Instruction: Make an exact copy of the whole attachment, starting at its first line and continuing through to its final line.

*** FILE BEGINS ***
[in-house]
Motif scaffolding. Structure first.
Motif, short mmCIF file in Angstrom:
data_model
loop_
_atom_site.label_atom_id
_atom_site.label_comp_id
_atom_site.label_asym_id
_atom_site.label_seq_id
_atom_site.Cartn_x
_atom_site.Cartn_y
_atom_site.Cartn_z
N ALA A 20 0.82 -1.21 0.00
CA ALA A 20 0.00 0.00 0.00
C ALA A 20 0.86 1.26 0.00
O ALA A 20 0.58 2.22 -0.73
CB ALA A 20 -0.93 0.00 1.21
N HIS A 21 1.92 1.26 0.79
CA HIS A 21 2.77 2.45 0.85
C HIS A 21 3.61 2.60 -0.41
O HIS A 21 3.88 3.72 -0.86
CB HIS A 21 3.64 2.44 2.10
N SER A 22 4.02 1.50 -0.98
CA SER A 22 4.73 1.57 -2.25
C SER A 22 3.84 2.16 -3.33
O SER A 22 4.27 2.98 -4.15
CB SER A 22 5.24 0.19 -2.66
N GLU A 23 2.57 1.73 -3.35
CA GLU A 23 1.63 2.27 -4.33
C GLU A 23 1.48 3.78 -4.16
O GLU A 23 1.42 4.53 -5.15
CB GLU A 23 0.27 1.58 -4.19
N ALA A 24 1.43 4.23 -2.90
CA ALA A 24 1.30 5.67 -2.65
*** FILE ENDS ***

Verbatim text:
[in-house]
Motif scaffolding. Structure first.
Motif, short mmCIF file in Angstrom:
data_model
loop_
_atom_site.label_atom_id
_atom_site.label_comp_id
_atom_site.label_asym_id
_atom_site.label_seq_id
_atom_site.Cartn_x
_atom_site.Cartn_y
_atom_site.Cartn_z
N ALA A 20 0.82 -1.21 0.00
CA ALA A 20 0.00 0.00 0.00
C ALA A 20 0.86 1.26 0.00
O ALA A 20 0.58 2.22 -0.73
CB ALA A 20 -0.93 0.00 1.21
N HIS A 21 1.92 1.26 0.79
CA HIS A 21 2.77 2.45 0.85
C HIS A 21 3.61 2.60 -0.41
O HIS A 21 3.88 3.72 -0.86
CB HIS A 21 3.64 2.44 2.10
N SER A 22 4.02 1.50 -0.98
CA SER A 22 4.73 1.57 -2.25
C SER A 22 3.84 2.16 -3.33
O SER A 22 4.27 2.98 -4.15
CB SER A 22 5.24 0.19 -2.66
N GLU A 23 2.57 1.73 -3.35
CA GLU A 23 1.63 2.27 -4.33
C GLU A 23 1.48 3.78 -4.16
O GLU A 23 1.42 4.53 -5.15
CB GLU A 23 0.27 1.58 -4.19
N ALA A 24 1.43 4.23 -2.90
CA ALA A 24 1.30 5.67 -2.65